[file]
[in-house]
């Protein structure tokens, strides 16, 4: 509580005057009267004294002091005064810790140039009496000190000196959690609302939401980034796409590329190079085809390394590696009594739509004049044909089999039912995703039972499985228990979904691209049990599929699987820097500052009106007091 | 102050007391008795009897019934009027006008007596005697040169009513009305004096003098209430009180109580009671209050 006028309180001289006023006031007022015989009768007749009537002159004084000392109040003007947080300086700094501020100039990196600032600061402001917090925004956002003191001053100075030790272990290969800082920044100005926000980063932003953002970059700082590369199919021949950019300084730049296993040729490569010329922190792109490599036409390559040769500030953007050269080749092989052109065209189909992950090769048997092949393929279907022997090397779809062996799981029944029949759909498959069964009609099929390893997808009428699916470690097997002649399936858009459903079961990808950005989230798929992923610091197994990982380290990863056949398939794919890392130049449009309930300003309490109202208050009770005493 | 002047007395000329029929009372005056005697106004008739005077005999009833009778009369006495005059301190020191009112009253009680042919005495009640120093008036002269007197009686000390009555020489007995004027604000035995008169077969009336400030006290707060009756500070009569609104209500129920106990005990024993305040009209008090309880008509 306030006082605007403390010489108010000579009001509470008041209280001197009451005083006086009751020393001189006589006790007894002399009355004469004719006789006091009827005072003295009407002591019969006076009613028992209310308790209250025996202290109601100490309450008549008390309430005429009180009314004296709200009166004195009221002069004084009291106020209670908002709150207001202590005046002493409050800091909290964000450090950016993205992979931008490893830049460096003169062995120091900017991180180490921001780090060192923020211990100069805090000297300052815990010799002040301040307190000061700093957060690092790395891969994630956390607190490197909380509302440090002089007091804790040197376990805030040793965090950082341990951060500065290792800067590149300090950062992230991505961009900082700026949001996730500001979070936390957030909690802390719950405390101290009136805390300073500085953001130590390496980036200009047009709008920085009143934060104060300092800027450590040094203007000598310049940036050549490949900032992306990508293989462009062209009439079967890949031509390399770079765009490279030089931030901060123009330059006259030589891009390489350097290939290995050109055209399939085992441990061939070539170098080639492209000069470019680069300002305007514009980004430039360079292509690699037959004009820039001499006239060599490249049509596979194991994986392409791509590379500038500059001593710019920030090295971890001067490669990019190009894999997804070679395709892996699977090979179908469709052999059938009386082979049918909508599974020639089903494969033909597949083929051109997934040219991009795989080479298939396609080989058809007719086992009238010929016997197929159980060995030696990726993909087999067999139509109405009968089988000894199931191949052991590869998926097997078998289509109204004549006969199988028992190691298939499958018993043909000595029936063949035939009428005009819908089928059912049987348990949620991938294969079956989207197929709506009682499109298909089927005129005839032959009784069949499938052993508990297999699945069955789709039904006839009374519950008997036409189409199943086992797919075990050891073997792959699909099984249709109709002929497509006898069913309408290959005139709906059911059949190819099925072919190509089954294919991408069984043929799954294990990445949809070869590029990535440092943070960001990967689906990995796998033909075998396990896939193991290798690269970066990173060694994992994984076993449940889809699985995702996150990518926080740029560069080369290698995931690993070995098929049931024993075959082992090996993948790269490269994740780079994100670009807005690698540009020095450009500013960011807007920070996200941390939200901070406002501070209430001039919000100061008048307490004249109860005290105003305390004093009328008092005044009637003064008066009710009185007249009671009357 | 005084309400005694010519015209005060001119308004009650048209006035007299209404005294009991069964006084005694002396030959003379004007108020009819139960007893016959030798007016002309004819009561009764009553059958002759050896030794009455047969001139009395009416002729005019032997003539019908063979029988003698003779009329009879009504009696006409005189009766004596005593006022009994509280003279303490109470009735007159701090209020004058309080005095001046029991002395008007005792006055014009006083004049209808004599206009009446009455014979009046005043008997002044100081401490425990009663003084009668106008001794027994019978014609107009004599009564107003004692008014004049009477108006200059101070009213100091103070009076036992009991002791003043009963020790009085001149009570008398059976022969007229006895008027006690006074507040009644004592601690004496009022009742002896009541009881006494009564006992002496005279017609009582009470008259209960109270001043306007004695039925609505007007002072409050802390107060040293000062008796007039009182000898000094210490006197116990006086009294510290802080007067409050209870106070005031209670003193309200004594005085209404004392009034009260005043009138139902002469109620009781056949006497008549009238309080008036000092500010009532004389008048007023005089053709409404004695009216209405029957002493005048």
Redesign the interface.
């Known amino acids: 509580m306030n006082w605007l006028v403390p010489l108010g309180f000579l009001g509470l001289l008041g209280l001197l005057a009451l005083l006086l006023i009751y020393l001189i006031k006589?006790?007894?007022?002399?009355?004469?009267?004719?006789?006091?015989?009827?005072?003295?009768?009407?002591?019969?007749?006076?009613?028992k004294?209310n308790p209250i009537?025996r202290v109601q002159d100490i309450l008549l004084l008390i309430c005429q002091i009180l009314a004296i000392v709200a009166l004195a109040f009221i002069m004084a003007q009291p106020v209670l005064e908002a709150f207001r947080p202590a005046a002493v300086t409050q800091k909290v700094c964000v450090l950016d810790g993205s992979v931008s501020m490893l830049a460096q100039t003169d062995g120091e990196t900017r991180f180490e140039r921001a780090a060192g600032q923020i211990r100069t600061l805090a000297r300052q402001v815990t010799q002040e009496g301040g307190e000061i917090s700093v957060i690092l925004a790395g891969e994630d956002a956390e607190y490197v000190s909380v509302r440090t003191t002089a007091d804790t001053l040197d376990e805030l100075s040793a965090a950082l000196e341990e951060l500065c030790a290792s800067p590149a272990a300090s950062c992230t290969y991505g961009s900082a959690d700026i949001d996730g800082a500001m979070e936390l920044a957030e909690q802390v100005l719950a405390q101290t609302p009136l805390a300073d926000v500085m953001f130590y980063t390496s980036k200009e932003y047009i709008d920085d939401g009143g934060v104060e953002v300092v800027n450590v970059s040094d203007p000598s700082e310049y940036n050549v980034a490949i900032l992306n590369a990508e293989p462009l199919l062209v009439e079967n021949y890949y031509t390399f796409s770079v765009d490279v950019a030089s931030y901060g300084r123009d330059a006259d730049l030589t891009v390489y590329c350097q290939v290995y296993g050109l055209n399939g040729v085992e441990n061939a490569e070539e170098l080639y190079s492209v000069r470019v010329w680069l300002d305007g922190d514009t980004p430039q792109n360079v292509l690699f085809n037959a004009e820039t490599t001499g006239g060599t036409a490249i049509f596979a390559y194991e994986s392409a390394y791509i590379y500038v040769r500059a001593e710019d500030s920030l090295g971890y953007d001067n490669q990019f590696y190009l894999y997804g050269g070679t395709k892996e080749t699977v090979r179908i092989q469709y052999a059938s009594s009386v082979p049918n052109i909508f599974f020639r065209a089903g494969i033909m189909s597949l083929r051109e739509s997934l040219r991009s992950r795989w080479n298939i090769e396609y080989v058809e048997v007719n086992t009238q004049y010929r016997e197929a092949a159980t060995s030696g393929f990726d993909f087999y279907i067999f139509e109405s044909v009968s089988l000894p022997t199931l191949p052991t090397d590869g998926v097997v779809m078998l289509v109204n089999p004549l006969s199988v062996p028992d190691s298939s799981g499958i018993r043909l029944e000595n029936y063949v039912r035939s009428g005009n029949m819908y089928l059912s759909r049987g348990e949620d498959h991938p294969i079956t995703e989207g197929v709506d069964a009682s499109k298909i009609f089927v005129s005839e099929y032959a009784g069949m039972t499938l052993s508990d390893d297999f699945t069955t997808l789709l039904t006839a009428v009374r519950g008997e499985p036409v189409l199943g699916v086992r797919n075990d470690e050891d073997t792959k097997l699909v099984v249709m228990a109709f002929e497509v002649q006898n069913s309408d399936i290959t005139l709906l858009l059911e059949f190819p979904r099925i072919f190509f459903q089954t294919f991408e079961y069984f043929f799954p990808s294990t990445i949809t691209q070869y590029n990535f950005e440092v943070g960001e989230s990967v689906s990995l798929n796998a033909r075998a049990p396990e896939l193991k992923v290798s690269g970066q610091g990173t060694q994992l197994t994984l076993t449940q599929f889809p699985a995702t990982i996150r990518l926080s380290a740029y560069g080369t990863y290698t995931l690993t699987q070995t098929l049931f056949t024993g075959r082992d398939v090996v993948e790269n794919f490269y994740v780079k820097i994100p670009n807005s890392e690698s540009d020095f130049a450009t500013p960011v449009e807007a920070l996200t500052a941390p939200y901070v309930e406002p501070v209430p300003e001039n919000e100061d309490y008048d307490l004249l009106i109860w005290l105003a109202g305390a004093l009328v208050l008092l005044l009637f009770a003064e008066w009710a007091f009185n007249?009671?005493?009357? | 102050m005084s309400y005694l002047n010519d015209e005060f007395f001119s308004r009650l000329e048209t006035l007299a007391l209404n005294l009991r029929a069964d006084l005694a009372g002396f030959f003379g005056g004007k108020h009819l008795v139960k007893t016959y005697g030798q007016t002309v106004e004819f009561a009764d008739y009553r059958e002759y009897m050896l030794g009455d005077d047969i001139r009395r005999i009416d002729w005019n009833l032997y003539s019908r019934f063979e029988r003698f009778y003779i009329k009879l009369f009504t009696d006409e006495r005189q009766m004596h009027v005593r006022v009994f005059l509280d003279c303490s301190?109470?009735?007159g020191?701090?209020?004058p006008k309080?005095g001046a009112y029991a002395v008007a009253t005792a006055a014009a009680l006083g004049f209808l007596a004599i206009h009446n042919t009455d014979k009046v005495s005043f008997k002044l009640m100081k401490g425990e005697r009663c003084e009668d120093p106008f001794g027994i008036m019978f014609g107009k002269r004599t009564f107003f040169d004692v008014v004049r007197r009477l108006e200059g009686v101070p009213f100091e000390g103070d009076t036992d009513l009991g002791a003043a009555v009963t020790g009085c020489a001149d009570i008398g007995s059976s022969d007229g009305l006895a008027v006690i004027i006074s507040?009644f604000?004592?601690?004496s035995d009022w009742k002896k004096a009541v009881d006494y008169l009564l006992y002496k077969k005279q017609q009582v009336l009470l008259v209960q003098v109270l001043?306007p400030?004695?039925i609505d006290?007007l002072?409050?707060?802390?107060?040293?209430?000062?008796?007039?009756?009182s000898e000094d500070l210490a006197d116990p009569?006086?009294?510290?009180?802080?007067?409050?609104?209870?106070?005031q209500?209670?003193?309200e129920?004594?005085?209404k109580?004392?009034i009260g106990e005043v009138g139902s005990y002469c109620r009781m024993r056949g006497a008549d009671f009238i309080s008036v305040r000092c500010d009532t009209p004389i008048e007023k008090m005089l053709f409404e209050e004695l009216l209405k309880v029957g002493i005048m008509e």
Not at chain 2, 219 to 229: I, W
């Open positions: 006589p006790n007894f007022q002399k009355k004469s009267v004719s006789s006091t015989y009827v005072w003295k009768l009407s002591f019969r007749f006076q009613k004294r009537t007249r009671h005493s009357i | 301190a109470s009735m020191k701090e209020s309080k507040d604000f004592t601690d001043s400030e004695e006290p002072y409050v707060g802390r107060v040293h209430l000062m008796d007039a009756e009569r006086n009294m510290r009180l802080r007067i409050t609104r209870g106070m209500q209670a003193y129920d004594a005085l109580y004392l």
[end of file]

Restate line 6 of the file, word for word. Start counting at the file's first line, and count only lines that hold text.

């Open positions: 006589p006790n007894f007022q002399k009355k004469s009267v004719s006789s006091t015989y009827v005072w003295k009768l009407s002591f019969r007749f006076q009613k004294r009537t007249r009671h005493s009357i | 301190a109470s009735m020191k701090e209020s309080k507040d604000f004592t601690d001043s400030e004695e006290p002072y409050v707060g802390r107060v040293h209430l000062m008796d007039a009756e009569r006086n009294m510290r009180l802080r007067i409050t609104r209870g106070m209500q209670a003193y129920d004594a005085l109580y004392l």